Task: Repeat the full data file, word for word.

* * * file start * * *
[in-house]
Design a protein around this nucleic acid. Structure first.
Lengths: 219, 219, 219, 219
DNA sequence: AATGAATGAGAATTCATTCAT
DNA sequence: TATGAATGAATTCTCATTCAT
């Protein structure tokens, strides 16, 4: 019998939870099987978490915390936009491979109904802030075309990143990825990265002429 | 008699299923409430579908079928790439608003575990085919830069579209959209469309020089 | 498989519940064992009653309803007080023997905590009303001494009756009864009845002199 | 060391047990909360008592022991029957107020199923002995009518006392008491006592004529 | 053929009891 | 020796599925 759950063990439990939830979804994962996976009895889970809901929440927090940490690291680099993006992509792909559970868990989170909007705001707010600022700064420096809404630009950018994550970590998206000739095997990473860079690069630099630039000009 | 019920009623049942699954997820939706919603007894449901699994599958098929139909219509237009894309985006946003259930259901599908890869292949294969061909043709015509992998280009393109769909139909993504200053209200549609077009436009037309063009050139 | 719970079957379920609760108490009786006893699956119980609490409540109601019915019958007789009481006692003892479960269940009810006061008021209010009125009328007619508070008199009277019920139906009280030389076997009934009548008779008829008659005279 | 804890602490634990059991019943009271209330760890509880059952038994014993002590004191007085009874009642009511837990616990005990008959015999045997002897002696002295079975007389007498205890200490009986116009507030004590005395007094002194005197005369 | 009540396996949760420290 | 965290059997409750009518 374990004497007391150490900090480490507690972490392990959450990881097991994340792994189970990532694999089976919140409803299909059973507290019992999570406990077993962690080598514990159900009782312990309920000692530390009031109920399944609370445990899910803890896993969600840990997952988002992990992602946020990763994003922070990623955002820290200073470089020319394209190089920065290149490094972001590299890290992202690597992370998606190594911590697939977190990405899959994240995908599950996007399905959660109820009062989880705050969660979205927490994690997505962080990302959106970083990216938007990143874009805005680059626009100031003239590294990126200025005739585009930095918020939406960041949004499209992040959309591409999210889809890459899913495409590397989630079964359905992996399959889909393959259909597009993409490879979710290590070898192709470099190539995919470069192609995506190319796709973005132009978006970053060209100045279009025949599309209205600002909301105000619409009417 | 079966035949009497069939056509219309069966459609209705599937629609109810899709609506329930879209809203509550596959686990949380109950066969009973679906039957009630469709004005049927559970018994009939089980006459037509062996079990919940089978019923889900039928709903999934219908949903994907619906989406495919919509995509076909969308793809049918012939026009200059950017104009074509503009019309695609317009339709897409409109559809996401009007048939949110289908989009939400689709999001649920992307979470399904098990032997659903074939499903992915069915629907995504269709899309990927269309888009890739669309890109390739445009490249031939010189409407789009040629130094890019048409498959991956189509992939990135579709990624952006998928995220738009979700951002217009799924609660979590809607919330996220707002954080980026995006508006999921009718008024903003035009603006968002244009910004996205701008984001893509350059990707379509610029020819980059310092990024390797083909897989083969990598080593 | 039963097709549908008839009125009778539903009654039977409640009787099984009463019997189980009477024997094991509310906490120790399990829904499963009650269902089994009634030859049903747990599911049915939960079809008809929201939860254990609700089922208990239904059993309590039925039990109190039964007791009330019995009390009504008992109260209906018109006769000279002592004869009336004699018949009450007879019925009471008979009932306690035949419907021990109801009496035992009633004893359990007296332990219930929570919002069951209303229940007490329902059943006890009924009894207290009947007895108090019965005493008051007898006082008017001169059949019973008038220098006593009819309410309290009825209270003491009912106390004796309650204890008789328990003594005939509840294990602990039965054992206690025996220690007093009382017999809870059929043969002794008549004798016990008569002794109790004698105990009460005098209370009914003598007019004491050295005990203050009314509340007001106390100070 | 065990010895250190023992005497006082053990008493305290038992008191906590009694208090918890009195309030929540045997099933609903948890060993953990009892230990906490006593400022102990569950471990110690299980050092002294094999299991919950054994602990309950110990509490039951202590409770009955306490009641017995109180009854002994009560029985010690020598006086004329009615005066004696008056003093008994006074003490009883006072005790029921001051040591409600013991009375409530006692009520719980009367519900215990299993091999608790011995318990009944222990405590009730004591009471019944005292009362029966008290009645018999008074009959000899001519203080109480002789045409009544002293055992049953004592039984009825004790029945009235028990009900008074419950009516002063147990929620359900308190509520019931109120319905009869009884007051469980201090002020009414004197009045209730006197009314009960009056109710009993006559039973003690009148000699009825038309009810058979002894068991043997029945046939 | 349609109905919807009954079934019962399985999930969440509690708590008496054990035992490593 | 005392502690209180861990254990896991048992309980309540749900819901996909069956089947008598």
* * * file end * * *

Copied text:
[in-house]
Design a protein around this nucleic acid. Structure first.
Lengths: 219, 219, 219, 219
DNA sequence: AATGAATGAGAATTCATTCAT
DNA sequence: TATGAATGAATTCTCATTCAT
């Protein structure tokens, strides 16, 4: 019998939870099987978490915390936009491979109904802030075309990143990825990265002429 | 008699299923409430579908079928790439608003575990085919830069579209959209469309020089 | 498989519940064992009653309803007080023997905590009303001494009756009864009845002199 | 060391047990909360008592022991029957107020199923002995009518006392008491006592004529 | 053929009891 | 020796599925 759950063990439990939830979804994962996976009895889970809901929440927090940490690291680099993006992509792909559970868990989170909007705001707010600022700064420096809404630009950018994550970590998206000739095997990473860079690069630099630039000009 | 019920009623049942699954997820939706919603007894449901699994599958098929139909219509237009894309985006946003259930259901599908890869292949294969061909043709015509992998280009393109769909139909993504200053209200549609077009436009037309063009050139 | 719970079957379920609760108490009786006893699956119980609490409540109601019915019958007789009481006692003892479960269940009810006061008021209010009125009328007619508070008199009277019920139906009280030389076997009934009548008779008829008659005279 | 804890602490634990059991019943009271209330760890509880059952038994014993002590004191007085009874009642009511837990616990005990008959015999045997002897002696002295079975007389007498205890200490009986116009507030004590005395007094002194005197005369 | 009540396996949760420290 | 965290059997409750009518 374990004497007391150490900090480490507690972490392990959450990881097991994340792994189970990532694999089976919140409803299909059973507290019992999570406990077993962690080598514990159900009782312990309920000692530390009031109920399944609370445990899910803890896993969600840990997952988002992990992602946020990763994003922070990623955002820290200073470089020319394209190089920065290149490094972001590299890290992202690597992370998606190594911590697939977190990405899959994240995908599950996007399905959660109820009062989880705050969660979205927490994690997505962080990302959106970083990216938007990143874009805005680059626009100031003239590294990126200025005739585009930095918020939406960041949004499209992040959309591409999210889809890459899913495409590397989630079964359905992996399959889909393959259909597009993409490879979710290590070898192709470099190539995919470069192609995506190319796709973005132009978006970053060209100045279009025949599309209205600002909301105000619409009417 | 079966035949009497069939056509219309069966459609209705599937629609109810899709609506329930879209809203509550596959686990949380109950066969009973679906039957009630469709004005049927559970018994009939089980006459037509062996079990919940089978019923889900039928709903999934219908949903994907619906989406495919919509995509076909969308793809049918012939026009200059950017104009074509503009019309695609317009339709897409409109559809996401009007048939949110289908989009939400689709999001649920992307979470399904098990032997659903074939499903992915069915629907995504269709899309990927269309888009890739669309890109390739445009490249031939010189409407789009040629130094890019048409498959991956189509992939990135579709990624952006998928995220738009979700951002217009799924609660979590809607919330996220707002954080980026995006508006999921009718008024903003035009603006968002244009910004996205701008984001893509350059990707379509610029020819980059310092990024390797083909897989083969990598080593 | 039963097709549908008839009125009778539903009654039977409640009787099984009463019997189980009477024997094991509310906490120790399990829904499963009650269902089994009634030859049903747990599911049915939960079809008809929201939860254990609700089922208990239904059993309590039925039990109190039964007791009330019995009390009504008992109260209906018109006769000279002592004869009336004699018949009450007879019925009471008979009932306690035949419907021990109801009496035992009633004893359990007296332990219930929570919002069951209303229940007490329902059943006890009924009894207290009947007895108090019965005493008051007898006082008017001169059949019973008038220098006593009819309410309290009825209270003491009912106390004796309650204890008789328990003594005939509840294990602990039965054992206690025996220690007093009382017999809870059929043969002794008549004798016990008569002794109790004698105990009460005098209370009914003598007019004491050295005990203050009314509340007001106390100070 | 065990010895250190023992005497006082053990008493305290038992008191906590009694208090918890009195309030929540045997099933609903948890060993953990009892230990906490006593400022102990569950471990110690299980050092002294094999299991919950054994602990309950110990509490039951202590409770009955306490009641017995109180009854002994009560029985010690020598006086004329009615005066004696008056003093008994006074003490009883006072005790029921001051040591409600013991009375409530006692009520719980009367519900215990299993091999608790011995318990009944222990405590009730004591009471019944005292009362029966008290009645018999008074009959000899001519203080109480002789045409009544002293055992049953004592039984009825004790029945009235028990009900008074419950009516002063147990929620359900308190509520019931109120319905009869009884007051469980201090002020009414004197009045209730006197009314009960009056109710009993006559039973003690009148000699009825038309009810058979002894068991043997029945046939 | 349609109905919807009954079934019962399985999930969440509690708590008496054990035992490593 | 005392502690209180861990254990896991048992309980309540749900819901996909069956089947008598």